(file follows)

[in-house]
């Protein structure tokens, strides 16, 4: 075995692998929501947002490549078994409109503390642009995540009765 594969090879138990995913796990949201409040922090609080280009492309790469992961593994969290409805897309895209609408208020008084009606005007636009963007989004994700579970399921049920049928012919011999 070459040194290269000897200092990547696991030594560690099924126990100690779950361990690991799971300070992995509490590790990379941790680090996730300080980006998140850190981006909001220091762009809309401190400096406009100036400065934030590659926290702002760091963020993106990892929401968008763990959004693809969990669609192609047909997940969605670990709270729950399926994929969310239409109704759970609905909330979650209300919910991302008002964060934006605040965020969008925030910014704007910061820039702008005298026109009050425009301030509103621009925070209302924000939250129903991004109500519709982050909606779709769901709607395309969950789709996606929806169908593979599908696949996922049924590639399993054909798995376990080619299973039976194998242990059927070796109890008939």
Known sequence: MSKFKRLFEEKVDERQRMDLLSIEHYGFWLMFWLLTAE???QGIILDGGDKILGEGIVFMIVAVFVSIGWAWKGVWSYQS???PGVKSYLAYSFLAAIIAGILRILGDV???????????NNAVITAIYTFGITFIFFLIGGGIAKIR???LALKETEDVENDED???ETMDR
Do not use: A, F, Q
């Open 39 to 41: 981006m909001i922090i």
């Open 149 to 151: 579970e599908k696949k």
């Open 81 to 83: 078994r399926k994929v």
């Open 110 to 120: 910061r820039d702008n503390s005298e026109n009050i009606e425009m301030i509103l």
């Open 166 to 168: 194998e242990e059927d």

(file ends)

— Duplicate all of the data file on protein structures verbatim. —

[in-house]
């Protein structure tokens, strides 16, 4: 075995692998929501947002490549078994409109503390642009995540009765 594969090879138990995913796990949201409040922090609080280009492309790469992961593994969290409805897309895209609408208020008084009606005007636009963007989004994700579970399921049920049928012919011999 070459040194290269000897200092990547696991030594560690099924126990100690779950361990690991799971300070992995509490590790990379941790680090996730300080980006998140850190981006909001220091762009809309401190400096406009100036400065934030590659926290702002760091963020993106990892929401968008763990959004693809969990669609192609047909997940969605670990709270729950399926994929969310239409109704759970609905909330979650209300919910991302008002964060934006605040965020969008925030910014704007910061820039702008005298026109009050425009301030509103621009925070209302924000939250129903991004109500519709982050909606779709769901709607395309969950789709996606929806169908593979599908696949996922049924590639399993054909798995376990080619299973039976194998242990059927070796109890008939």
Known sequence: MSKFKRLFEEKVDERQRMDLLSIEHYGFWLMFWLLTAE???QGIILDGGDKILGEGIVFMIVAVFVSIGWAWKGVWSYQS???PGVKSYLAYSFLAAIIAGILRILGDV???????????NNAVITAIYTFGITFIFFLIGGGIAKIR???LALKETEDVENDED???ETMDR
Do not use: A, F, Q
């Open 39 to 41: 981006m909001i922090i």
């Open 149 to 151: 579970e599908k696949k």
């Open 81 to 83: 078994r399926k994929v």
């Open 110 to 120: 910061r820039d702008n503390s005298e026109n009050i009606e425009m301030i509103l």
């Open 166 to 168: 194998e242990e059927d």